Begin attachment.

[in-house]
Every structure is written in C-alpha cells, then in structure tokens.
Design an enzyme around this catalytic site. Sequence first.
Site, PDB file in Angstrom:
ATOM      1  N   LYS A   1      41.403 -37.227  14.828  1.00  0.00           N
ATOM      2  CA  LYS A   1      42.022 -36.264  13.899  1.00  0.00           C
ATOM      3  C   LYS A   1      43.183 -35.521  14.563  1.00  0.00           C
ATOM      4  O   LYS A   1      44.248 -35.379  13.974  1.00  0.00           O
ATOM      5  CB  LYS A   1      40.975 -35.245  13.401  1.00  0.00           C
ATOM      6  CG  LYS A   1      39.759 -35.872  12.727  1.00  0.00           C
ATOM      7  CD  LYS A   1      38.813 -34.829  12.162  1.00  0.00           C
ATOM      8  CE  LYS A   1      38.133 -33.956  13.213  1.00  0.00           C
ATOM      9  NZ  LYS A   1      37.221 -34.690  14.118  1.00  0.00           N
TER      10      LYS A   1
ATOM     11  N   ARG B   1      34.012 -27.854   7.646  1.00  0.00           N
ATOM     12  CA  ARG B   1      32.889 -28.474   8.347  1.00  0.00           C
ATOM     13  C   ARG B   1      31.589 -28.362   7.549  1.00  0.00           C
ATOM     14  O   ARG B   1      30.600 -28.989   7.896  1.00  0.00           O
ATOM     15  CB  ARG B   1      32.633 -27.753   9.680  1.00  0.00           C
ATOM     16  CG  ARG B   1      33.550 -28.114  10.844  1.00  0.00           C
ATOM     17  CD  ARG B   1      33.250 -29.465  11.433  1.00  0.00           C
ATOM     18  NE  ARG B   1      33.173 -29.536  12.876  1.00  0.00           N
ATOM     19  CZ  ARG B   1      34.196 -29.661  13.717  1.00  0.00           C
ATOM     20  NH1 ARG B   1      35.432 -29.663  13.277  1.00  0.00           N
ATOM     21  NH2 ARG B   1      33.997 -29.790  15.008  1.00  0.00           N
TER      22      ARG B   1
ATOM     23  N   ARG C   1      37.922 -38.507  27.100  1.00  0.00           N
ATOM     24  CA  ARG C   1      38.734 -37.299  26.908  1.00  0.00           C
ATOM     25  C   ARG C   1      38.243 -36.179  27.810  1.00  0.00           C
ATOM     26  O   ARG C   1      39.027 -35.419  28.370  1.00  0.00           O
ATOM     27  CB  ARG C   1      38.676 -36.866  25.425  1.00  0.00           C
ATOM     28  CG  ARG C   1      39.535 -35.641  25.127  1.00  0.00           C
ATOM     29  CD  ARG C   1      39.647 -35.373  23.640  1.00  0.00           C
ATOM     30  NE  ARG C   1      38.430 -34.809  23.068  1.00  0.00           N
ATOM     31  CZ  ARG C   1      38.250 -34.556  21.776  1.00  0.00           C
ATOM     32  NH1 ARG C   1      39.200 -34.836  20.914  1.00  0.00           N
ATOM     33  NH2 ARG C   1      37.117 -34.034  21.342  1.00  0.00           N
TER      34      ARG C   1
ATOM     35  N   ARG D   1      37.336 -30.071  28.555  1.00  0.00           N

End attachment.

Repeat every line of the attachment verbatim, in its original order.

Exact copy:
[in-house]
Every structure is written in C-alpha cells, then in structure tokens.
Design an enzyme around this catalytic site. Sequence first.
Site, PDB file in Angstrom:
ATOM      1  N   LYS A   1      41.403 -37.227  14.828  1.00  0.00           N
ATOM      2  CA  LYS A   1      42.022 -36.264  13.899  1.00  0.00           C
ATOM      3  C   LYS A   1      43.183 -35.521  14.563  1.00  0.00           C
ATOM      4  O   LYS A   1      44.248 -35.379  13.974  1.00  0.00           O
ATOM      5  CB  LYS A   1      40.975 -35.245  13.401  1.00  0.00           C
ATOM      6  CG  LYS A   1      39.759 -35.872  12.727  1.00  0.00           C
ATOM      7  CD  LYS A   1      38.813 -34.829  12.162  1.00  0.00           C
ATOM      8  CE  LYS A   1      38.133 -33.956  13.213  1.00  0.00           C
ATOM      9  NZ  LYS A   1      37.221 -34.690  14.118  1.00  0.00           N
TER      10      LYS A   1
ATOM     11  N   ARG B   1      34.012 -27.854   7.646  1.00  0.00           N
ATOM     12  CA  ARG B   1      32.889 -28.474   8.347  1.00  0.00           C
ATOM     13  C   ARG B   1      31.589 -28.362   7.549  1.00  0.00           C
ATOM     14  O   ARG B   1      30.600 -28.989   7.896  1.00  0.00           O
ATOM     15  CB  ARG B   1      32.633 -27.753   9.680  1.00  0.00           C
ATOM     16  CG  ARG B   1      33.550 -28.114  10.844  1.00  0.00           C
ATOM     17  CD  ARG B   1      33.250 -29.465  11.433  1.00  0.00           C
ATOM     18  NE  ARG B   1      33.173 -29.536  12.876  1.00  0.00           N
ATOM     19  CZ  ARG B   1      34.196 -29.661  13.717  1.00  0.00           C
ATOM     20  NH1 ARG B   1      35.432 -29.663  13.277  1.00  0.00           N
ATOM     21  NH2 ARG B   1      33.997 -29.790  15.008  1.00  0.00           N
TER      22      ARG B   1
ATOM     23  N   ARG C   1      37.922 -38.507  27.100  1.00  0.00           N
ATOM     24  CA  ARG C   1      38.734 -37.299  26.908  1.00  0.00           C
ATOM     25  C   ARG C   1      38.243 -36.179  27.810  1.00  0.00           C
ATOM     26  O   ARG C   1      39.027 -35.419  28.370  1.00  0.00           O
ATOM     27  CB  ARG C   1      38.676 -36.866  25.425  1.00  0.00           C
ATOM     28  CG  ARG C   1      39.535 -35.641  25.127  1.00  0.00           C
ATOM     29  CD  ARG C   1      39.647 -35.373  23.640  1.00  0.00           C
ATOM     30  NE  ARG C   1      38.430 -34.809  23.068  1.00  0.00           N
ATOM     31  CZ  ARG C   1      38.250 -34.556  21.776  1.00  0.00           C
ATOM     32  NH1 ARG C   1      39.200 -34.836  20.914  1.00  0.00           N
ATOM     33  NH2 ARG C   1      37.117 -34.034  21.342  1.00  0.00           N
TER      34      ARG C   1
ATOM     35  N   ARG D   1      37.336 -30.071  28.555  1.00  0.00           N